As we look to drive economic value, we get into a burgeoning field can the “infonomics.” As we look to drive economic value from our data, this is where we get into the more predictive modeling and the data that’s going to drive your business organization, making analytics more than just a cost within the organization. We’ve seen organizations like Caesar’s when they filed for their bankruptcy two years ago, provide a good deal of value on their bottom line and within their income as well as asset reporting in the data systems they’ve built across these organization.
By making sure that you’re able to build persona enhancements by perhaps ingesting an additional variety of sales from your outside sales team. By making sure that you’ve got your systems fully integrated and that you’ve made sure that your data stream is truly a 360 degree view, you can at that point begin a more adaptive behavior modeling plan. And as well as that, start to even out some of the peaks and valleys that you see in your traditional sales cycle.
The overarching result of your economic value that you were able to provide from this data, however, can come from the advanced decisions that can be made based upon the precious behavior of consumers that you’re analyzing. We’ve also seen additional data models in which the value of a customer data analysis is driven based upon the information that we have predicting a future product sale based upon the interactions we’ve seen from products in the past.
But at the end of the day, the beauty of these systems is that, from a business perspective, you’re able to give your stakeholder in your organizational checkbooks the ability to predict what’s going to happen in the future. Because throwing data at the wall doesn’t drive any value for these individuals. Their goal is to make sure that you’re able to come back, tell a story, and ensure that you’re able to make sure you’re meeting the businesses need, by providing that information at the right moment and at the right time.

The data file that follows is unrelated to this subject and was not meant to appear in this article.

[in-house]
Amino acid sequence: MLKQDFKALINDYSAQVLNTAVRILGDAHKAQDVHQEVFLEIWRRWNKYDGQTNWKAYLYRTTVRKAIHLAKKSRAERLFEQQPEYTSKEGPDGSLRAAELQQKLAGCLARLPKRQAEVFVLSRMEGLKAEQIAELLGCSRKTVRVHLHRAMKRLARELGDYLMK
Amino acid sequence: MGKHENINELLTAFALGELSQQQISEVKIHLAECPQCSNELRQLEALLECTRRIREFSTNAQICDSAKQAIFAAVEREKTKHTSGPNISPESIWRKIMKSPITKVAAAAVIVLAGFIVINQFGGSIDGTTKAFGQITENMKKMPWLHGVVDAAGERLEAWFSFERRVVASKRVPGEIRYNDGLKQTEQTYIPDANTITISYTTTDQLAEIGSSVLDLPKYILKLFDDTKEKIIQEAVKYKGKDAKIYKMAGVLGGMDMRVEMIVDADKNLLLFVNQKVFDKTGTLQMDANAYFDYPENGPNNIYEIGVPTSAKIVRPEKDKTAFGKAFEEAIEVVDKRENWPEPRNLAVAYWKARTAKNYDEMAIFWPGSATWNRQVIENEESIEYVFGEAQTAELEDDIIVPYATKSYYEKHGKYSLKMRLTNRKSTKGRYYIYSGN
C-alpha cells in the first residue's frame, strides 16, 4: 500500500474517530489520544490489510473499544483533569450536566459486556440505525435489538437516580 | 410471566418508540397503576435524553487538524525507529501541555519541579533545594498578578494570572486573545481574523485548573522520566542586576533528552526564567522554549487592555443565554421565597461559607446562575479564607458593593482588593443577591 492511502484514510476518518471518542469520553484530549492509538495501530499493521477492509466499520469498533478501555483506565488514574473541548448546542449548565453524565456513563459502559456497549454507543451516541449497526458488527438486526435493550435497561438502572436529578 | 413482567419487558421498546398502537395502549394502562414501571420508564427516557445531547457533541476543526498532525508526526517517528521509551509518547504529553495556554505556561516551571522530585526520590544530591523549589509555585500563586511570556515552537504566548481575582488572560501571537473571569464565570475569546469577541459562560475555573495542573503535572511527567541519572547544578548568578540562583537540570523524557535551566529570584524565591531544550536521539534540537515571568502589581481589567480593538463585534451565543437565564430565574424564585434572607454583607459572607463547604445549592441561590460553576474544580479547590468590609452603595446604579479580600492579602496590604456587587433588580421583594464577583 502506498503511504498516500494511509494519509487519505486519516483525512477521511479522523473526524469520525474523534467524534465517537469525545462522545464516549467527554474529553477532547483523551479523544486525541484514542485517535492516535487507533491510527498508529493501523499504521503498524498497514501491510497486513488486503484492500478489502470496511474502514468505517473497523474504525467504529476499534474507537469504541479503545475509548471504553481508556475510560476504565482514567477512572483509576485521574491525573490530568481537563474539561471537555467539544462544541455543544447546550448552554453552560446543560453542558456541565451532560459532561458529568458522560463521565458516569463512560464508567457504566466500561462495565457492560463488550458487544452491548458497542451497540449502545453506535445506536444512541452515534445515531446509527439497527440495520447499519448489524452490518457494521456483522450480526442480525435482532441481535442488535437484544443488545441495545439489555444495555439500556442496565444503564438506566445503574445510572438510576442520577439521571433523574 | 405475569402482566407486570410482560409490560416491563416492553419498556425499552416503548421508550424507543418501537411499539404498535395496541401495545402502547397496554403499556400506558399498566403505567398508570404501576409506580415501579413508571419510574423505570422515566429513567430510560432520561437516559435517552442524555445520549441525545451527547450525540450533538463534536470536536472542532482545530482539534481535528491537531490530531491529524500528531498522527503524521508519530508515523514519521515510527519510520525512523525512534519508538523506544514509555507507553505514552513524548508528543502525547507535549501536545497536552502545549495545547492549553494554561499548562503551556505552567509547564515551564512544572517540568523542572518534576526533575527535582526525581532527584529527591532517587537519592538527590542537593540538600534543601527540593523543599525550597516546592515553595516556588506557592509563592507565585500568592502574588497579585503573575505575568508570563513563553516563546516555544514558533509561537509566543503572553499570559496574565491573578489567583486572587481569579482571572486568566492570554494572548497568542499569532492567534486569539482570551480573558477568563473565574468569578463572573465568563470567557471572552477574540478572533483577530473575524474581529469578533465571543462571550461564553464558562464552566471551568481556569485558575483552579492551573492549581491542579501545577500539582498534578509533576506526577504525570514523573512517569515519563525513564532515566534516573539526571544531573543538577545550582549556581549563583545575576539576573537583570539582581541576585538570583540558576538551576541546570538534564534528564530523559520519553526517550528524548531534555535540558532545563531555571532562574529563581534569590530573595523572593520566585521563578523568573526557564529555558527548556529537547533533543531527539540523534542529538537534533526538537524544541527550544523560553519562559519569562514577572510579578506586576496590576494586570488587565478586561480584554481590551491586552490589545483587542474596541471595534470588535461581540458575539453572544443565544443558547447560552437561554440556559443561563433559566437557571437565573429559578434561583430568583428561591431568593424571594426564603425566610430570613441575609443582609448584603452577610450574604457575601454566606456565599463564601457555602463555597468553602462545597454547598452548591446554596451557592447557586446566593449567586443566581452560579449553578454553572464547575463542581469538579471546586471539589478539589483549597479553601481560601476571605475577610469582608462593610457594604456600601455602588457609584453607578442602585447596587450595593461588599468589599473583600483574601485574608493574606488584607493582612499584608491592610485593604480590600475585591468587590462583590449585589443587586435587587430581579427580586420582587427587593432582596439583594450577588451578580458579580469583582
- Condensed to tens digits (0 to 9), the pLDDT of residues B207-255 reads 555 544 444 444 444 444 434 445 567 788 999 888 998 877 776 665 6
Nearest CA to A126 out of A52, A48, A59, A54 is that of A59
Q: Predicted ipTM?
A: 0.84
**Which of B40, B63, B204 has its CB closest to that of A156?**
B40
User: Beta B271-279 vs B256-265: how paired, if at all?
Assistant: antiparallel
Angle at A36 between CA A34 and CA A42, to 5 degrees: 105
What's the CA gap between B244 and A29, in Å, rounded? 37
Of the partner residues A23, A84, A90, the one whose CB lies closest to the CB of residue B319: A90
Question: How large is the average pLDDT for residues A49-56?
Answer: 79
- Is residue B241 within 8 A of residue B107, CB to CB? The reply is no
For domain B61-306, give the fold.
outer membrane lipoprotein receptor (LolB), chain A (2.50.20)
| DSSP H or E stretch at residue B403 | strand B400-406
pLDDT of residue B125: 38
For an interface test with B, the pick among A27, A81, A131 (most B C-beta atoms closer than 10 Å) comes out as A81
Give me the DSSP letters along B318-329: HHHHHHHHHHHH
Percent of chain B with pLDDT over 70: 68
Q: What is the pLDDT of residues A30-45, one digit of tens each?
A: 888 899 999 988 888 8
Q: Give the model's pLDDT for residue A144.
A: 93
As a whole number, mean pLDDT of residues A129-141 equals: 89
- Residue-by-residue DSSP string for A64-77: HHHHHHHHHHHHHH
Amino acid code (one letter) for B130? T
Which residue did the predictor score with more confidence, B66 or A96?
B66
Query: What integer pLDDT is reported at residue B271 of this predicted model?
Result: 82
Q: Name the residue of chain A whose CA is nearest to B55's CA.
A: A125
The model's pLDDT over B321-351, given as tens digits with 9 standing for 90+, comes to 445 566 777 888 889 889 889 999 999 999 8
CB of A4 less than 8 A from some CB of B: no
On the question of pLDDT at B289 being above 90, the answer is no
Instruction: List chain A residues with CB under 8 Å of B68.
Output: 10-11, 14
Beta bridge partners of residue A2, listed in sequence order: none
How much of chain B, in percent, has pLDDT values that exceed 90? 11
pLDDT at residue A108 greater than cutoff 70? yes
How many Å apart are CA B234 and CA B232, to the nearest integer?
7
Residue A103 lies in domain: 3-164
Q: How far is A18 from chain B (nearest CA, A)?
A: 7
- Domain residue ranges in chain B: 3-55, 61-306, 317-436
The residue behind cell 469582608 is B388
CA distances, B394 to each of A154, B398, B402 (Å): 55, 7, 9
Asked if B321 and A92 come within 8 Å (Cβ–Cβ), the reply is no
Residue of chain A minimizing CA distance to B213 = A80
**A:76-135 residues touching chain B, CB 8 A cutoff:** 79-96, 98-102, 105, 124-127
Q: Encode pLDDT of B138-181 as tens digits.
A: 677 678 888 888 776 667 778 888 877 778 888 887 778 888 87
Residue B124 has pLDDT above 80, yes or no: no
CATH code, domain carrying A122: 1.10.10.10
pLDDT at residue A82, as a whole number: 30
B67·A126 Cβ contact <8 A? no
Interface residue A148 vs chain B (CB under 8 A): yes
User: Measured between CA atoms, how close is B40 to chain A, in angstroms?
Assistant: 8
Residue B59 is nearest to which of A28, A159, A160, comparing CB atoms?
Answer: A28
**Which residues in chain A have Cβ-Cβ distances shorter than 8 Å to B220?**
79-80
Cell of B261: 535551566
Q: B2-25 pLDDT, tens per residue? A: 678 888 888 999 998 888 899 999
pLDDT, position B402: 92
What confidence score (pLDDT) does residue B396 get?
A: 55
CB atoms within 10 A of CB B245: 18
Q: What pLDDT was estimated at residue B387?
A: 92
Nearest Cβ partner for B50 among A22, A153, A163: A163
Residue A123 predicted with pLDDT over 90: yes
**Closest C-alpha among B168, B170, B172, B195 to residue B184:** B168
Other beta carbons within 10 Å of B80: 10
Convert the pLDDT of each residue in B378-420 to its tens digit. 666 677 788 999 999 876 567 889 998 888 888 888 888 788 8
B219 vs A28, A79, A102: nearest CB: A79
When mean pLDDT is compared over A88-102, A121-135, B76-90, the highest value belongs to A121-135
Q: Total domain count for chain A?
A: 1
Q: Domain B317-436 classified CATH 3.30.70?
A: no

The expansion of cloud-based platforms and the ability to analyze real-time data in an even faster manner, means that now you can take your outside sales rep’s card data from the internet of things, plugged phone immediately within their car and look at exactly how long it’s going to take them to theoretically reach a customer. Further, you can make sure that you’re dispatching the proper support rep for the individual based upon their previous interactions within your customer support platforms.
And finally, that you can ensure that as a customer, whenever your individuals are logging in, you’re able to provide a bridged view of precisely how they’ve interacted with the organization in the past to make modern and programmatic decision about how they can interact in the future. The overarching value here is that you know your customer better than anyone and that you can provide that information in a way that can deal in proper analysis to your product, marketing, and other organizational stakeholder teams.
So at the end of the day, we look to wrap this up and we realize that there’s inherent value in a well-positioned analysis. Whenever we’re looking at our customer journey from start to finish, whenever we look to ensure that our customer journey can be captured, measured, and credibly measured throughout the process of their interaction with us—and that we’re positioning that to the proper teams with the information that they wish to know—we’re able to provide that inherent value. These pieces individually provide baseline value.
However, the beauty is that by making sure that you’re focusing on your data’s consumers and you’re focusing on the consumers of your analysis, you’re able to ensure that cost and resources issues no longer exist, or at least are a lesser concern. Because again, the cost becomes irrelevant with value.
In addition to that, when you’re going to your consumers and saying, “Wow, I’d really like to integrate this additional data source,” that the way they’ve seen your culturally driving that data stream forward and integrating it in the past with other organization groups, can be utilized to make sure that they realize you’re going to be a steward of their data. Making sure that you’re shepherding it, providing incredible analysis, and providing incredible integration of the data with other streams that you’ve already positioned in your product.
And finally, that whenever you’re looking at doing all of this together, that you’re able to provide and additional value that your teams can’t get anywhere else. Meaning your analytics organization is well-positioned for the future.
With that guys, I’m going to go ahead and giving thanks again for coming. By all means, you can reach out at analyzethevalue.com, which will take you over to the Keystone Solution’s website. It will allow you to download the deck and more. I hope you enjoy the rest of the conference and please look forward or Matt Gellis’ keynote later today. Thanks guys.